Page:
On June 14, WHO Director General Tedros Adhanom Ghebreyesus announced that the organisation will give a new name to monkeypox. The decision was made in light of the stigma and racism associated with the name. Recently, a group of 30 doctors wrote a letter to WHO asking for a “non-discriminatory and non-stigmatising” name for the viral disease.
The name monkeypox was coined after the discovery of the virus in monkeys in a Danish lab in 1958. The disease is caused by a virus which belongs to the orthopoxvirus genus of the poxviridae family. The first human case reported was a child from Congo in 1970.
The disease begins with symptoms such as fever, headache, muscle pain and swollen lymph nodes. The incubation period is usually seven to 14 days. Within one to three days after the onset of fever, the patient develops rashes, which become filled with fluid, and eventually scab over and fall off. One in 10 people who get the disease die.
Monkeypox (no new name has been announced as of June 16) was considered endemic to central and western African countries. However, in the current multi-country outbreak, the majority of cases (1,112 or 87 per cent) are in Europe, as of June 8. Cases were also reported from the Americas (153), Eastern Mediterranean Region (14) and Western Pacific Region (6). According to WHO, “most reported cases in the newly affected countries have presented through sexual health or other health services in primary or secondary health care facilities with travel history to countries in Europe and North America rather than to countries where the virus is known to be present”.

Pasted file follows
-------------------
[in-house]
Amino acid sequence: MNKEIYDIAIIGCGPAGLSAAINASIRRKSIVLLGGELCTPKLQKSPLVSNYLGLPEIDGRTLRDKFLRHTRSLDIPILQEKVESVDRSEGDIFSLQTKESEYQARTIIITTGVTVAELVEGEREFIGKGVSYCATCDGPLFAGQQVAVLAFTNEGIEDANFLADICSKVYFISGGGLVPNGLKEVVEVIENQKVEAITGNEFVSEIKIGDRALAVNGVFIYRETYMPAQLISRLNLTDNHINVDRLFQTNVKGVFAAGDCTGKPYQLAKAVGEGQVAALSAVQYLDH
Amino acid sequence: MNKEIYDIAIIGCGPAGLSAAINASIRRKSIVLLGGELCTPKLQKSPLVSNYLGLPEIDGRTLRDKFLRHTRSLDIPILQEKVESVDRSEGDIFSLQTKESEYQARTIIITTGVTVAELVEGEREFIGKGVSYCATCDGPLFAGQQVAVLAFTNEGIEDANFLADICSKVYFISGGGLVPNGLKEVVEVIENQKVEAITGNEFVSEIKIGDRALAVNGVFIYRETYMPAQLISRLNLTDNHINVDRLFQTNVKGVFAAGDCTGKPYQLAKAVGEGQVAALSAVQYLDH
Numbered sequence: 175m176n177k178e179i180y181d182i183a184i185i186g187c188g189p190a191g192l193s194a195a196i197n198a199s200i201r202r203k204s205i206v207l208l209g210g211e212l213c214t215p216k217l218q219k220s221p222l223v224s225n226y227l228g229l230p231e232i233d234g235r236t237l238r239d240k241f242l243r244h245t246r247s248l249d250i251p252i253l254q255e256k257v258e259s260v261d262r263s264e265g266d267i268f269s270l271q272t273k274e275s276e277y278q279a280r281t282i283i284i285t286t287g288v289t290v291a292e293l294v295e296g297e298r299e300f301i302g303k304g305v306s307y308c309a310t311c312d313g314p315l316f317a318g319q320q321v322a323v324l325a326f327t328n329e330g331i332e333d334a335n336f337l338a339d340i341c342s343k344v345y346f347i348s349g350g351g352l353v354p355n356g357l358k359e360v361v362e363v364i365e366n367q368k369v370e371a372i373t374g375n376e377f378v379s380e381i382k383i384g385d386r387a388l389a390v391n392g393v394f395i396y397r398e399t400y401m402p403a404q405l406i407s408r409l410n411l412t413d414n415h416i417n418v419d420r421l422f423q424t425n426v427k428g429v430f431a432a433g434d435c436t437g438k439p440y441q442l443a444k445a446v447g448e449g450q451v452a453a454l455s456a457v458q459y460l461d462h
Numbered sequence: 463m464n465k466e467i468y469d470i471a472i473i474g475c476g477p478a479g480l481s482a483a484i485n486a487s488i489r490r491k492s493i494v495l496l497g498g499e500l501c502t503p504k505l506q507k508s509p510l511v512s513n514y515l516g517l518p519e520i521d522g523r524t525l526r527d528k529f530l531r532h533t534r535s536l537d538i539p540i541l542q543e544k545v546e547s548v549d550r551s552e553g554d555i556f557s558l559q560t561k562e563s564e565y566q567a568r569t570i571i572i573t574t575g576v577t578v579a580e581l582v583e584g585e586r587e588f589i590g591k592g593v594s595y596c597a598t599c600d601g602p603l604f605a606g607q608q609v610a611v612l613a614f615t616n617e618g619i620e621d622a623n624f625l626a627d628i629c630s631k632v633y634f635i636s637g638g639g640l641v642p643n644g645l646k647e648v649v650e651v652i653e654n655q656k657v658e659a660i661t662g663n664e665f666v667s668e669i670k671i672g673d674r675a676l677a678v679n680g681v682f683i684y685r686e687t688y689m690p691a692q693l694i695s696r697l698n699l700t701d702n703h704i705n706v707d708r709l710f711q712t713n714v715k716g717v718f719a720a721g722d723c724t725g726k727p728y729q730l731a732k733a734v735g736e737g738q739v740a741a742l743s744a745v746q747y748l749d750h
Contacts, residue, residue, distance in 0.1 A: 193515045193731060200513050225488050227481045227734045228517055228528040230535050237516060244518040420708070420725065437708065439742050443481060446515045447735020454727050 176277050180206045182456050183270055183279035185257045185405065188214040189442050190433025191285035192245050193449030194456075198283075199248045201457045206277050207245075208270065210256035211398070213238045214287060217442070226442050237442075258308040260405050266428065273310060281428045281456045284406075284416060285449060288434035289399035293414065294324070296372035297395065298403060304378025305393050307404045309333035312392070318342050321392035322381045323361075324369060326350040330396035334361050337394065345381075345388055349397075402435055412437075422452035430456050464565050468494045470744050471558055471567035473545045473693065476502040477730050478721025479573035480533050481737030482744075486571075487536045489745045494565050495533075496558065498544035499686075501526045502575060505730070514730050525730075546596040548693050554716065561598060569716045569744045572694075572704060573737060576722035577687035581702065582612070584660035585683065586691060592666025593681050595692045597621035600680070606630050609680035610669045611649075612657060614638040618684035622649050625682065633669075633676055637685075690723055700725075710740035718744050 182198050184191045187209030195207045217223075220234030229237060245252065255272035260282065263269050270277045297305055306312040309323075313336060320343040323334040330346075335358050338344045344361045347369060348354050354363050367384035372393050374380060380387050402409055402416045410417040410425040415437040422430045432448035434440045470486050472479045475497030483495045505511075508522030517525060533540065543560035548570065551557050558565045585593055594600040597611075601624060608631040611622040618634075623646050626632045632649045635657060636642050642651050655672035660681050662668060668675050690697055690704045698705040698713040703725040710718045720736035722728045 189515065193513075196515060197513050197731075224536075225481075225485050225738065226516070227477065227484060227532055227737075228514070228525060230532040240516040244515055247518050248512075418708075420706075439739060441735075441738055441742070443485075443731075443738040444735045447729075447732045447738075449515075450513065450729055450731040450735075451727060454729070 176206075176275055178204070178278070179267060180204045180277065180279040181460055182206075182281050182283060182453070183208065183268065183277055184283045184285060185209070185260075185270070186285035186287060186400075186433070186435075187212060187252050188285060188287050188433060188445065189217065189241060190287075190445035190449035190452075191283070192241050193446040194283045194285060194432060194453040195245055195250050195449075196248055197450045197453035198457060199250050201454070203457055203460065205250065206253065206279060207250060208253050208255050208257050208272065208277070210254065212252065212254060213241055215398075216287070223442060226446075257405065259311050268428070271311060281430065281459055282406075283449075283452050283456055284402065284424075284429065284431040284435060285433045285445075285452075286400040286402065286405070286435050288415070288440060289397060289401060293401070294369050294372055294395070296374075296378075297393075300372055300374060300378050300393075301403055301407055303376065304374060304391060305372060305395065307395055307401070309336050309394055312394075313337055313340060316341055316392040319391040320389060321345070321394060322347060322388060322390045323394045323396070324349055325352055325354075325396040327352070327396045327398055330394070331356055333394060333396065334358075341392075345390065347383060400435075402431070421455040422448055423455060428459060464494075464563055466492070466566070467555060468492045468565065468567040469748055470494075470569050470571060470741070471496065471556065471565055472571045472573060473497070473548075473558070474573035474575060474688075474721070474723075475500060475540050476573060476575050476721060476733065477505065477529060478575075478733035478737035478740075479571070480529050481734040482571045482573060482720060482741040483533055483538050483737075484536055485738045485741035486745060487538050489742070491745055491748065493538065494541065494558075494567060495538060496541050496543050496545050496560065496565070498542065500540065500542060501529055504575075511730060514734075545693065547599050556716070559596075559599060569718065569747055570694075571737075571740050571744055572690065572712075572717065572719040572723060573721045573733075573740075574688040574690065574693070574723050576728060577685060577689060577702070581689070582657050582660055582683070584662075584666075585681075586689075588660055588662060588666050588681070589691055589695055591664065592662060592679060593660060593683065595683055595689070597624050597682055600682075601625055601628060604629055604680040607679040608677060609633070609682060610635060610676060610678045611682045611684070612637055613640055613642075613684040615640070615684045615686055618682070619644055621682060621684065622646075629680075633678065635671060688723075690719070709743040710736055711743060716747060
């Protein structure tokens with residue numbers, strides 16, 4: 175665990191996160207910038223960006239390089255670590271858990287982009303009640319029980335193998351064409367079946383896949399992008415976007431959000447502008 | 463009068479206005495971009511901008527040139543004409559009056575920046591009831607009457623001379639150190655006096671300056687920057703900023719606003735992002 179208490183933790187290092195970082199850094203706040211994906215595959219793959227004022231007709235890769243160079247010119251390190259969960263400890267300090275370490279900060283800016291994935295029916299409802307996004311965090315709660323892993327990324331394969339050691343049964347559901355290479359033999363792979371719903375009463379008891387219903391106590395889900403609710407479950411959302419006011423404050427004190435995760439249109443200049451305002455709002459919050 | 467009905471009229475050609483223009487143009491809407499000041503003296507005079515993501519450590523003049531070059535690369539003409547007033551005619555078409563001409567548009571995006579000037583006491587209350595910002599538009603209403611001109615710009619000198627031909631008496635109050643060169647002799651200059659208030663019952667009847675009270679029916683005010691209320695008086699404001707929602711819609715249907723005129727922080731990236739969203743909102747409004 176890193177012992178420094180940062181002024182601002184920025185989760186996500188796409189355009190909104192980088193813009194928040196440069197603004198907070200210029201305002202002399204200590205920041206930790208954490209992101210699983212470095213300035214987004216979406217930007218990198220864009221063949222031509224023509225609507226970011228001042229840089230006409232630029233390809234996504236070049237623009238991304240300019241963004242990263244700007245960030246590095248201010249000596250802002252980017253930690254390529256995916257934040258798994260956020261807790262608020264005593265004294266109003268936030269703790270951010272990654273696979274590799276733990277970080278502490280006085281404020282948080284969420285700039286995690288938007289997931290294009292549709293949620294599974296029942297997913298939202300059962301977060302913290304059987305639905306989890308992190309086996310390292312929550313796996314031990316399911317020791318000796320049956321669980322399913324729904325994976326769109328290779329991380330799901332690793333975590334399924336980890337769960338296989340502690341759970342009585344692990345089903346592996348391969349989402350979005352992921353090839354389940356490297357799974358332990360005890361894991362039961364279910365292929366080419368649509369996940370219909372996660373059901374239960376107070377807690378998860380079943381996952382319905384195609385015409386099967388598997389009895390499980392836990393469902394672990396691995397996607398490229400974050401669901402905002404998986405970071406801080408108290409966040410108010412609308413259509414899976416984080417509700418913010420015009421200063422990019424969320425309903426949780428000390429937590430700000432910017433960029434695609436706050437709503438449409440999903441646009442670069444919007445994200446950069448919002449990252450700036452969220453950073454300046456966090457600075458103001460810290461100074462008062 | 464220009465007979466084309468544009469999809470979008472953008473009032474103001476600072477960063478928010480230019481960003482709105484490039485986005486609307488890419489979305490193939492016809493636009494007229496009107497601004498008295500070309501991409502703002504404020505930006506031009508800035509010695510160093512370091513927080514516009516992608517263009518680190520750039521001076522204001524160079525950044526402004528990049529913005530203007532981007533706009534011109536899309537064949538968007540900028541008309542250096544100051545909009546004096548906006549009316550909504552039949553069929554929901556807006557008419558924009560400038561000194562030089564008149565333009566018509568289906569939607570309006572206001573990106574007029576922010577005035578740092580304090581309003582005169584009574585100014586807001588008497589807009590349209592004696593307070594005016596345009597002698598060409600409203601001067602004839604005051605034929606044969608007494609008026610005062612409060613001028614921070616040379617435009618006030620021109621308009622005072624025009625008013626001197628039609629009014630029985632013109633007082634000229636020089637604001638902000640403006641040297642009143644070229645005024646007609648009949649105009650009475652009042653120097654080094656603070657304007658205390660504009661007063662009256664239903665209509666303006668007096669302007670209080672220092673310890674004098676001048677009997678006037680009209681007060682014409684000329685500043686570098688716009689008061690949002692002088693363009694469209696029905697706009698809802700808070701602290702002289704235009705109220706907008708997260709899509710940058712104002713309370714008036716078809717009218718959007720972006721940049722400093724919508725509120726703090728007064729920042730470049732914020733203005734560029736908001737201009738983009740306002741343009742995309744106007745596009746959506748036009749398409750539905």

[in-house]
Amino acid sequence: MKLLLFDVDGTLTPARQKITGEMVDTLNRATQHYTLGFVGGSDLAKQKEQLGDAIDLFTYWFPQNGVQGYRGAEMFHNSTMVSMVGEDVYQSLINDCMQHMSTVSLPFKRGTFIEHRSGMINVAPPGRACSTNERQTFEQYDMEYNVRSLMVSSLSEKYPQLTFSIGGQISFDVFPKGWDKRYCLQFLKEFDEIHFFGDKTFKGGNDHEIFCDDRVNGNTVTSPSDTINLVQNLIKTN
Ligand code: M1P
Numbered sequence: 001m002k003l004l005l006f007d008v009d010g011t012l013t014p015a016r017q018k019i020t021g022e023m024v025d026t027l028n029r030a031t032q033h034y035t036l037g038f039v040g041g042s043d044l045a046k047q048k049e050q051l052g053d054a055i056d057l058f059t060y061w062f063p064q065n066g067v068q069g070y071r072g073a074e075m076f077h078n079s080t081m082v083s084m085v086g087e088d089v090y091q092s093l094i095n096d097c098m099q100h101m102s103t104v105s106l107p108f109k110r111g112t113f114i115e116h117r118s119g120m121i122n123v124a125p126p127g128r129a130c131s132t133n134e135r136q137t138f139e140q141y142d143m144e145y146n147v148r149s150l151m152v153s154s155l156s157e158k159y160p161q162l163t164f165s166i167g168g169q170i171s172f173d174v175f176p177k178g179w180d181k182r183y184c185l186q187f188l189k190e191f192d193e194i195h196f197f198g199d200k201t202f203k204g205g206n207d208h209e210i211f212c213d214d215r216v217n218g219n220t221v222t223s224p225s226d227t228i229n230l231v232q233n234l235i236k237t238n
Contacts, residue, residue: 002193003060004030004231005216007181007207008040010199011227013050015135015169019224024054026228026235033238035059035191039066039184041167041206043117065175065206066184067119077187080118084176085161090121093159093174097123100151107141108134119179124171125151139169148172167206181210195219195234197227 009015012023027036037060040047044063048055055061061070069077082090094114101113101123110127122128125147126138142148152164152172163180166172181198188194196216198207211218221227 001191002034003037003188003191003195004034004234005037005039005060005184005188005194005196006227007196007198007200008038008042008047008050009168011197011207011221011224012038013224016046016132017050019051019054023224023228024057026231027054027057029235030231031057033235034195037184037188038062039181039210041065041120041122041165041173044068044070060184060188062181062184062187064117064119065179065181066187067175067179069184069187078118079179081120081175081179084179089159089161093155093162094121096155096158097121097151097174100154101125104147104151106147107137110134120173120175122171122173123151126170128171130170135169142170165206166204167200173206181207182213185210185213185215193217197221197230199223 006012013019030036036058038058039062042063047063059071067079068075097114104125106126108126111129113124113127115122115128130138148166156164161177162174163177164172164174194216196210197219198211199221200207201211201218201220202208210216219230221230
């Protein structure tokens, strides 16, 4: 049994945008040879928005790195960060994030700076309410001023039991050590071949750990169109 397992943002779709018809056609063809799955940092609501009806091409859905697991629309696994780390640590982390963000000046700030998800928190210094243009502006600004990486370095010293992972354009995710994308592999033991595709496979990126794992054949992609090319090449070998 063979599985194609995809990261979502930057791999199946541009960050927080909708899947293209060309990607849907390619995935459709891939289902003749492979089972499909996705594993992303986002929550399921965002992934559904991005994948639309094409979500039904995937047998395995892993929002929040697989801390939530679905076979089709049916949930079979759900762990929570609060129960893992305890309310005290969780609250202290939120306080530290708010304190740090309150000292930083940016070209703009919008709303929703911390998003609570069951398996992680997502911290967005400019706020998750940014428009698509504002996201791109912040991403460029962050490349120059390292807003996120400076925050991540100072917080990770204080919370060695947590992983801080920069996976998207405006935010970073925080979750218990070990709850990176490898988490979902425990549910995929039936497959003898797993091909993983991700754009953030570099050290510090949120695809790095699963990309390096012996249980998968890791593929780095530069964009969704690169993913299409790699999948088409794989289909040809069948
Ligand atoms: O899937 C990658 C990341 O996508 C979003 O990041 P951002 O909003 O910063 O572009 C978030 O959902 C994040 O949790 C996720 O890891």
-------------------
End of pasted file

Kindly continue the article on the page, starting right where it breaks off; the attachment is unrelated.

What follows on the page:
But most European and American media outlets—and even outlets in India—used stock images of African or dark/black people during their coverage of the zoonotic disease. The Foreign Press Association, Africa, had, in May, condemned the stereotyping. “Shouldn’t it be logical that if you are talking about the outbreak of monkeypox in Europe or the Americas, you use images from hospitals across Europe or the Americas?” it asked, adding that the stereotype assigns calamity to the African race and privilege or immunity to other races.
There are mainly two variants of monkeypox: the West African clade and the Congo Basin clade. These names are also criticised for inflicting stigma.
There is also criticism that the global media coverage of the current outbreak is rooted in homophobia. On May 25, the WHO had issued an advisory for “gay, bisexual and other men who have sex with men”. It was in the wake of the findings that people from these communities face a high risk of getting affected. The advisory had added that “stigmatising people because of a disease is never ok. Anyone can get or pass on monkeypox, regardless of their sexuality”. But the stigmatising happened, and it once again proves that marginalised sections bear the brunt of health crises.